Korean language and script 한국어/한국말 and 한글.
Having lived near New Malden, the heart of the British Korean community,for several years; I became fascinated with the elegance and simplicity of the Korean alphabet and script – Hangul. Many businesses and restaurants advertise their presence in both the Roman and Korean alphabet. I have since embarked on a Korean language learning odyssey , which has proved utterly compulsive and life-enhancing.
It was with some anticipation therefore, that I attended a lecture at the KCCUK recently given by Dr Jae Hoon Yeon , professor of Korean language and linguistics at London University’s SOAS. Many students of Korean will be familiar with his essential language text books , such as ‘Get Started in Korean (Teach Yourself)’– London: Hodder & Stoughton.
Many fewer people will be au fait with such academic papers as ‘Is there ergativity in Korean? – The definition of ergativity and other uses of the term ‘ergative’ [in Korean].’ Han-Geul (Journal of the Korean Language Society)2008. One for the pathologically keen perhaps? ( and an honourable mention to anyone who comments on here to explain what it means).
The lecture itself was an enjoyable romp through the history of the Korean language , starting with the 4 hypotheses on the its origin. Handily identified by the compass points the alternative explanations explore the roots of Korean. Namely the East theory ( originated from Japan), the West theory ( originated from western languages),the South theory ( originated from Polynesian languages) and the North theory ( originated from the Altaic language family). Of these only the latter seems plausible although many consider Korean an orphan or isolate language and perhaps a minor or distant relative of the Altaic language family.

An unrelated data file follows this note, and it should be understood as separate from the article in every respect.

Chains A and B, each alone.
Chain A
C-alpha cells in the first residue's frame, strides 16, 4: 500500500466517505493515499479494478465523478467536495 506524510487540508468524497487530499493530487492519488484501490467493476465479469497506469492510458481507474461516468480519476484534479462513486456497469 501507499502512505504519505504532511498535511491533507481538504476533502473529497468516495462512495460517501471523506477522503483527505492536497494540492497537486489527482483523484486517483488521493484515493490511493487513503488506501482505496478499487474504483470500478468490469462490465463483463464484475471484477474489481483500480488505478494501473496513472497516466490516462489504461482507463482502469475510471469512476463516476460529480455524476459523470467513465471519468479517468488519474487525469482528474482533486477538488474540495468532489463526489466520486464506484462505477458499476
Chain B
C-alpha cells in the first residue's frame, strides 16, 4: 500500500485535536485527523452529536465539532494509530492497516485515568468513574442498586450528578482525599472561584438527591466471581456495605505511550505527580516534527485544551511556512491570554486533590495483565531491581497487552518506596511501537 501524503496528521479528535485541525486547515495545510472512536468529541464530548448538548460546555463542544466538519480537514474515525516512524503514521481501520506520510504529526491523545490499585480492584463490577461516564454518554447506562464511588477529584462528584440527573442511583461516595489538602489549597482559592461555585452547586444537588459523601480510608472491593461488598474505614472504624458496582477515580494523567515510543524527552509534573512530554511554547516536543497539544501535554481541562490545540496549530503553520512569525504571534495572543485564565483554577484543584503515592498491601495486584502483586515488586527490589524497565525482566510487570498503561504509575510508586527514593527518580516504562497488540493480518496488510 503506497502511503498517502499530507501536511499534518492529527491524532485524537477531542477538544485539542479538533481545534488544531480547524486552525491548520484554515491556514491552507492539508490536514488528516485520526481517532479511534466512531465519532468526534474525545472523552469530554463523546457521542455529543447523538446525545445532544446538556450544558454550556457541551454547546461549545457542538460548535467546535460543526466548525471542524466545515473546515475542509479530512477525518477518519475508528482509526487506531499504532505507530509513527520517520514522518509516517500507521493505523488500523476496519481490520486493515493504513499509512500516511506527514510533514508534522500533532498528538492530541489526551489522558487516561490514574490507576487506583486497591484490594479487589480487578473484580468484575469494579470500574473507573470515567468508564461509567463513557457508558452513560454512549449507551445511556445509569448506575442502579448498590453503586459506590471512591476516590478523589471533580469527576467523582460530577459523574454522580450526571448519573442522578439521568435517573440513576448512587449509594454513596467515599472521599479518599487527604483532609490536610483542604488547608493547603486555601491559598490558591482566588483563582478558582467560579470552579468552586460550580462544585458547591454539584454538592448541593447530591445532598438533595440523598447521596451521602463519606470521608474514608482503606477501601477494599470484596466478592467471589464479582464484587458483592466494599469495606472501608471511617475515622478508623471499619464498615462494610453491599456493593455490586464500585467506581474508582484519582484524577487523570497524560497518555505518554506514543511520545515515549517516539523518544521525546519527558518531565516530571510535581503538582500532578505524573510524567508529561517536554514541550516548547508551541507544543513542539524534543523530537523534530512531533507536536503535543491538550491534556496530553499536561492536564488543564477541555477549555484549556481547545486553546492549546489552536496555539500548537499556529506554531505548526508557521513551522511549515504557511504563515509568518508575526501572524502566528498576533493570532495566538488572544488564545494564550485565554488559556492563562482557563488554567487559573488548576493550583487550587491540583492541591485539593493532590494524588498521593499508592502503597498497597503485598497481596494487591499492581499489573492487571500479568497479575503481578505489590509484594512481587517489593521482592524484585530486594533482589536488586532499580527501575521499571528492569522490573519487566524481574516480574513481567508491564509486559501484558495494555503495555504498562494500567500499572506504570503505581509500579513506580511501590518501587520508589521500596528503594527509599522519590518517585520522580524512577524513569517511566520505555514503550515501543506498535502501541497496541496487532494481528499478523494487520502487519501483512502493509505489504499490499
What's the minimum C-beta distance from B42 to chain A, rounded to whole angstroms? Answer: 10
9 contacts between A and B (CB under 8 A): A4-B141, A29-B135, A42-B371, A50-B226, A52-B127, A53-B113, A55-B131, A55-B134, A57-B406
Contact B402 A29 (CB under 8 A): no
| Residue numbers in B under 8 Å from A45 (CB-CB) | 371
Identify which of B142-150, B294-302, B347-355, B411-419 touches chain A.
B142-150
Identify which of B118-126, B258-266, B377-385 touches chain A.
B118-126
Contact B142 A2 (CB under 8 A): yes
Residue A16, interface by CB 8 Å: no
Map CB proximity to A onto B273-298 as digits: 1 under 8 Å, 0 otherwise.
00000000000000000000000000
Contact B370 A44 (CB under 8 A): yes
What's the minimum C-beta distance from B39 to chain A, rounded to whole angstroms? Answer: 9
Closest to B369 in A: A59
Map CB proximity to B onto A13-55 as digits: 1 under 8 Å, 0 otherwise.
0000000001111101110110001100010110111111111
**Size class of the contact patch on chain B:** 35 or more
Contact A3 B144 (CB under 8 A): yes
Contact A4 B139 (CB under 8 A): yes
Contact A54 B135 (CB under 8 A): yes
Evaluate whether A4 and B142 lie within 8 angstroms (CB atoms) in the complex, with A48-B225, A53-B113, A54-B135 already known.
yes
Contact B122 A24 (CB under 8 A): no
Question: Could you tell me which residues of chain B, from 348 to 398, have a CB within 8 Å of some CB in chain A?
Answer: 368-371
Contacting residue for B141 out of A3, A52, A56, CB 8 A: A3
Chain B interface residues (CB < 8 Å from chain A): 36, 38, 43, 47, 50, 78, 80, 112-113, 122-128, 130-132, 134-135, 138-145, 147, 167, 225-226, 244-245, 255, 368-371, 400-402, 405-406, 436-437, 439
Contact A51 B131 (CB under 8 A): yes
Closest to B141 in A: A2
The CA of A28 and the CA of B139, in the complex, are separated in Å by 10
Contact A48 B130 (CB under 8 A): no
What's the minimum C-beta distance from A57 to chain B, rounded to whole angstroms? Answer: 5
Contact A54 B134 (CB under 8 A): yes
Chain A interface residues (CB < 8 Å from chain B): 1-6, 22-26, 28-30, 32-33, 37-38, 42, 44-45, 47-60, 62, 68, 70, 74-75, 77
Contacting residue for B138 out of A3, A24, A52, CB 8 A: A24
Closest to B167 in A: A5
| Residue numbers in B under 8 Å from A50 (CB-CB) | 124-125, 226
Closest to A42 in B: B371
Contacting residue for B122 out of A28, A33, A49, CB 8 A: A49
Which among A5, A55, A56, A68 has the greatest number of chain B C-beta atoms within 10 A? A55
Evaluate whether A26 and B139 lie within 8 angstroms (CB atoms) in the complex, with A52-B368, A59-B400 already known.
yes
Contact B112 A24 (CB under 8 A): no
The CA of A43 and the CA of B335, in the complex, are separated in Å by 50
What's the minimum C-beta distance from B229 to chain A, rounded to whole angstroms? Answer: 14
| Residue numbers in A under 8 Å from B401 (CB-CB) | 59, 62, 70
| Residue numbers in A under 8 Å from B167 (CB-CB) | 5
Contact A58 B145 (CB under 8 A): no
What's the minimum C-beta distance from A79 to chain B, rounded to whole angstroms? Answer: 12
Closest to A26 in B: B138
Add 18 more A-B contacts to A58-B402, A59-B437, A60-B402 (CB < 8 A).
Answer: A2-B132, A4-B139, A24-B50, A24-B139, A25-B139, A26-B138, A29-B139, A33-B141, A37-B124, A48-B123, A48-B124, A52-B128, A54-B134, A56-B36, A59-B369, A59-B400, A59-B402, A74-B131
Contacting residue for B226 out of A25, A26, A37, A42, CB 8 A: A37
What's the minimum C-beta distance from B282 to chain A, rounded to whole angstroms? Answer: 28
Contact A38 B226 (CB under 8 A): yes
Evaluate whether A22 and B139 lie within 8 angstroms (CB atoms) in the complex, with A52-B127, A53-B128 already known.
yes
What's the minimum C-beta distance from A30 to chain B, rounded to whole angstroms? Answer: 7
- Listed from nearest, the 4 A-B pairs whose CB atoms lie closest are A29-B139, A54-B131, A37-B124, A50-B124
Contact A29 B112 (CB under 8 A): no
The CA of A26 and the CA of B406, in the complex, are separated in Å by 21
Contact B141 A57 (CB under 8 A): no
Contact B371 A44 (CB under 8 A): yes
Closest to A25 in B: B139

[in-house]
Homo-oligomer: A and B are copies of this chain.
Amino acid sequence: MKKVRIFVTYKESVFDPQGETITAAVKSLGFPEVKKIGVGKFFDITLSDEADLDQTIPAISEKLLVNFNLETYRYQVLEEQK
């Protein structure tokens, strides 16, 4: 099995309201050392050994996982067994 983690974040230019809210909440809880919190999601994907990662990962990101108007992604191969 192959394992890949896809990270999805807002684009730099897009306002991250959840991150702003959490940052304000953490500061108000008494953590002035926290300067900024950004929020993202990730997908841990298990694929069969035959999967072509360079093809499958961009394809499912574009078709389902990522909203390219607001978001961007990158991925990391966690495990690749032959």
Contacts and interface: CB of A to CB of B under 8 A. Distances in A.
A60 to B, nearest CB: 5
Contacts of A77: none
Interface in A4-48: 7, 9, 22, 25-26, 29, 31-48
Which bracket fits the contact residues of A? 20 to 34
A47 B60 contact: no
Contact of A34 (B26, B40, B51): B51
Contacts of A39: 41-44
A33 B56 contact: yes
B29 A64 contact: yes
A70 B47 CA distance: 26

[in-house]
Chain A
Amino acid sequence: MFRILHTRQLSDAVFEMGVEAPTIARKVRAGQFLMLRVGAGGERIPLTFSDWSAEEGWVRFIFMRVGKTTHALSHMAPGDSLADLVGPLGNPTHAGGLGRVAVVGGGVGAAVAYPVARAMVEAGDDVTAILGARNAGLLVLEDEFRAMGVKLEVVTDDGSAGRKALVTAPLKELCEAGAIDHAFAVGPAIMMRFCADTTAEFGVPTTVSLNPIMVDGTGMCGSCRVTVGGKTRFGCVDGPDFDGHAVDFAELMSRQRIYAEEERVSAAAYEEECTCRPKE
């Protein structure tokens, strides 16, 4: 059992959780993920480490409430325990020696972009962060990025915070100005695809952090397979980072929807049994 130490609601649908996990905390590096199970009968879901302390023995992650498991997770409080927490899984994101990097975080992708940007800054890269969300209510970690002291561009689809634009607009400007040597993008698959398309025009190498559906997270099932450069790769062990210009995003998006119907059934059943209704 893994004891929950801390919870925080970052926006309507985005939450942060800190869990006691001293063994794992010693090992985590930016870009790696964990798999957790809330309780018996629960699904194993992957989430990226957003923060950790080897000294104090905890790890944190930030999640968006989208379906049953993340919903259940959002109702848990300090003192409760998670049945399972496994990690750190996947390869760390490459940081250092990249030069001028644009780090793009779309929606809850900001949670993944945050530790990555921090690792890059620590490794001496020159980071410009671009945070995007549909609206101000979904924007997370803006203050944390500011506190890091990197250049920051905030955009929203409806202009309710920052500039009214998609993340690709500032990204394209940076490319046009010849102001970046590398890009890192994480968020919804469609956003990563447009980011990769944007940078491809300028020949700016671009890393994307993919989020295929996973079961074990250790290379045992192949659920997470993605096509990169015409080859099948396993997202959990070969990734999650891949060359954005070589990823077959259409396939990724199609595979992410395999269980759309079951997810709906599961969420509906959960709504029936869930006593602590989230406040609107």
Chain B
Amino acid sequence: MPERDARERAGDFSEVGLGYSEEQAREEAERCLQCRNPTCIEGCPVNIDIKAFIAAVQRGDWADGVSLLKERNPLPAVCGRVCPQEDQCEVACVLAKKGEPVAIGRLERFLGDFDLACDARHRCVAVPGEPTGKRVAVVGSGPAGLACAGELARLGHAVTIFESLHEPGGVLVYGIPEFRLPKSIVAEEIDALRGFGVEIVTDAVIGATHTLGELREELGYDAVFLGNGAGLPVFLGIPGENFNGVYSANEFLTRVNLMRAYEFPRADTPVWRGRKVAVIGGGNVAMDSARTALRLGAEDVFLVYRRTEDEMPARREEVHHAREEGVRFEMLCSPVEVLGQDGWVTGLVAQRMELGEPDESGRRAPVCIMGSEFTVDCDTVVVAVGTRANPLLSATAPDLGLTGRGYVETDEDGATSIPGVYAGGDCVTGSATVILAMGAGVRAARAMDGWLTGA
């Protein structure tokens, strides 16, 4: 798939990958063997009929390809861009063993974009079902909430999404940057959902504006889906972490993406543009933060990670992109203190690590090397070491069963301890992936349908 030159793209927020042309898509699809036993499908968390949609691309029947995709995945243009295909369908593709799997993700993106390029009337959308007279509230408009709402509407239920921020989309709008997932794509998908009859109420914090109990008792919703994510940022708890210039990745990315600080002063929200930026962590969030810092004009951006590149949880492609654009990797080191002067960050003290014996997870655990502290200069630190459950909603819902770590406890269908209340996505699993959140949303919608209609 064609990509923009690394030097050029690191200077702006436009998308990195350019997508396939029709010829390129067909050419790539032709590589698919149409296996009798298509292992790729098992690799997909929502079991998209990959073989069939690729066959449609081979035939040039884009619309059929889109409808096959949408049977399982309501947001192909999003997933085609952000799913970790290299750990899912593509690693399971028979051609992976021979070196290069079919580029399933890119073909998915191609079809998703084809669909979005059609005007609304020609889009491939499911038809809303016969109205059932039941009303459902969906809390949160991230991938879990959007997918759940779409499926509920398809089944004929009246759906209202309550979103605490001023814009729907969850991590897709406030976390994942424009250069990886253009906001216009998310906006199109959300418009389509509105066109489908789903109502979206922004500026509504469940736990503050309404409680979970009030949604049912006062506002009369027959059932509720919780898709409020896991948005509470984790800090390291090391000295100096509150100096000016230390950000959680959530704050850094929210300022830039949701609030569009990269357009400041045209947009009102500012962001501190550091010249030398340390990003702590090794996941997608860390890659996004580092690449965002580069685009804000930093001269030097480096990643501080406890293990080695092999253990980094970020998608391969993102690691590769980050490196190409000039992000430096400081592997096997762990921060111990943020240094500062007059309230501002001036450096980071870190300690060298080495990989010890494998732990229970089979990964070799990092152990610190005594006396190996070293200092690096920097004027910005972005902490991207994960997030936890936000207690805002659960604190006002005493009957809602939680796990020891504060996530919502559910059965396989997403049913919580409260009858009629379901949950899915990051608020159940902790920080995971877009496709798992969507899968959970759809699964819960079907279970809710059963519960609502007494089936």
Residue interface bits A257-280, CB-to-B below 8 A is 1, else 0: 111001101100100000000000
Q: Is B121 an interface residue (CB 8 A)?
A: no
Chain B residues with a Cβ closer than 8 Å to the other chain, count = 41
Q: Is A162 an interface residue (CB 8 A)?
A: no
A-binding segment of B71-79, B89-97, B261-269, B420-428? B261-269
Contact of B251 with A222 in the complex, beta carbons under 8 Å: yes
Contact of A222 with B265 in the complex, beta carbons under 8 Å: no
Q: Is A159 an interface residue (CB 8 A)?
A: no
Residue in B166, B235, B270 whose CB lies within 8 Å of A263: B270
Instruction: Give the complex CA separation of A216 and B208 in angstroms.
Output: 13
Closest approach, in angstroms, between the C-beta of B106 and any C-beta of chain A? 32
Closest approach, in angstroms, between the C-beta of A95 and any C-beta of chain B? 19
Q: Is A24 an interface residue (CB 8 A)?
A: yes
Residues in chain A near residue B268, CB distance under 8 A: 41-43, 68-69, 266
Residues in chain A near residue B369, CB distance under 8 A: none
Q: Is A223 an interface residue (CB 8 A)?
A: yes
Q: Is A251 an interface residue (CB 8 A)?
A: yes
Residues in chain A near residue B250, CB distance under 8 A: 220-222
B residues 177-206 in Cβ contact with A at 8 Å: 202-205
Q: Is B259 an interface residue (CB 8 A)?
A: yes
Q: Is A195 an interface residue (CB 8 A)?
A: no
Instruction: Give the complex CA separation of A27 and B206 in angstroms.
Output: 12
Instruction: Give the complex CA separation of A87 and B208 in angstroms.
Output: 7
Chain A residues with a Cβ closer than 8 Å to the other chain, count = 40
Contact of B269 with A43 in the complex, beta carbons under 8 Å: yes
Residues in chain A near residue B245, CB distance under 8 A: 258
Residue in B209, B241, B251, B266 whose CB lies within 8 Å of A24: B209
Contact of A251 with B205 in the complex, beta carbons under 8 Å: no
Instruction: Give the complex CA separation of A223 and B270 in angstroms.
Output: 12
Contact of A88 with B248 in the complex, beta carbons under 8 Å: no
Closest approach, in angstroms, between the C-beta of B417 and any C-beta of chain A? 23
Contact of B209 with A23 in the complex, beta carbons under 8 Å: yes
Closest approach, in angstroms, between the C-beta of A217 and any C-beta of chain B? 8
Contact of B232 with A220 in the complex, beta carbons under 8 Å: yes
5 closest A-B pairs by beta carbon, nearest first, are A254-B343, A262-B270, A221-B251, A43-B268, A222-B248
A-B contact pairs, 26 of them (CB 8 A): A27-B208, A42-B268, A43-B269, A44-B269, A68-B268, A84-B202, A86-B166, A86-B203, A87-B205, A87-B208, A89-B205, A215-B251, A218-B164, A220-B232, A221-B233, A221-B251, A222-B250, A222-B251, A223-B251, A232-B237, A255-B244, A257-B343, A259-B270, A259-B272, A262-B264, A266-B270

There then followed an explanation of the development of Hangul during the reign of King Sejong (1418–1450) and the differing views on how much personal influence he exercised on the alphabet’s invention. Certainly the Annals of King Sejong allow us to date the origin of the script to December 1443 ( or January 1444 depending on how one calculates the date of the lunar calendar).
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The alphabet itself is a model of logic and elegance with the basic consonant shapes based on the phonological properties of the sound and the physical articulations; and the basic vowel symbols following a more philosophical and abstract notion.
We then moved forward in time to contemporary Korean , where we explored divergences between language uses between North and South Korea that have developed with dialectical differences and linguistic policies. Differences include, intonation, lexicon,accents, verb endings, use of honorifics and alphabet order.
Finally we looked at the 6 dialectal divisions in South Korea and some of the differences in pronunciation between for example Jeju and Seoul speakers.
This is , of course a vast subject , and one that I shall be returning to often to provide a more rounded resource. I might even post on ergativity!